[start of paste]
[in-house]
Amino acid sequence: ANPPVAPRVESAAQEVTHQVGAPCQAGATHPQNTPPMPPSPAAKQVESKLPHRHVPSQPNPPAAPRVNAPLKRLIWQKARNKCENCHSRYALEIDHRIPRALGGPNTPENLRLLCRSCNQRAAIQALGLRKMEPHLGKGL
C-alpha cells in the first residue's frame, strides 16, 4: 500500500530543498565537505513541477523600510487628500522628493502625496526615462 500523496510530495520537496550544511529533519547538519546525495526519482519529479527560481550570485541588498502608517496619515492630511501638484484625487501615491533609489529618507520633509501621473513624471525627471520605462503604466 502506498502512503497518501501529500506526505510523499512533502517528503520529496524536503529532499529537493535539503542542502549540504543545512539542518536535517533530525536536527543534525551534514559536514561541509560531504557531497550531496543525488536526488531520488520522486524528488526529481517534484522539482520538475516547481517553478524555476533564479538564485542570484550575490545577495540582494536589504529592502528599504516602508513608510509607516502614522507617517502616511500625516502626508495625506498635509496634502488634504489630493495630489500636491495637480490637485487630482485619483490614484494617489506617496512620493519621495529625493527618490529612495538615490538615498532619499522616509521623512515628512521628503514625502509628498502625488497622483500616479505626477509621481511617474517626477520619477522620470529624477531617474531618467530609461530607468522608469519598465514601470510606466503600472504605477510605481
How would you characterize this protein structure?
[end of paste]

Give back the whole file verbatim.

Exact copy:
[in-house]
Amino acid sequence: ANPPVAPRVESAAQEVTHQVGAPCQAGATHPQNTPPMPPSPAAKQVESKLPHRHVPSQPNPPAAPRVNAPLKRLIWQKARNKCENCHSRYALEIDHRIPRALGGPNTPENLRLLCRSCNQRAAIQALGLRKMEPHLGKGL
C-alpha cells in the first residue's frame, strides 16, 4: 500500500530543498565537505513541477523600510487628500522628493502625496526615462 500523496510530495520537496550544511529533519547538519546525495526519482519529479527560481550570485541588498502608517496619515492630511501638484484625487501615491533609489529618507520633509501621473513624471525627471520605462503604466 502506498502512503497518501501529500506526505510523499512533502517528503520529496524536503529532499529537493535539503542542502549540504543545512539542518536535517533530525536536527543534525551534514559536514561541509560531504557531497550531496543525488536526488531520488520522486524528488526529481517534484522539482520538475516547481517553478524555476533564479538564485542570484550575490545577495540582494536589504529592502528599504516602508513608510509607516502614522507617517502616511500625516502626508495625506498635509496634502488634504489630493495630489500636491495637480490637485487630482485619483490614484494617489506617496512620493519621495529625493527618490529612495538615490538615498532619499522616509521623512515628512521628503514625502509628498502625488497622483500616479505626477509621481511617474517626477520619477522620470529624477531617474531618467530609461530607468522608469519598465514601470510606466503600472504605477510605481
How would you characterize this protein structure?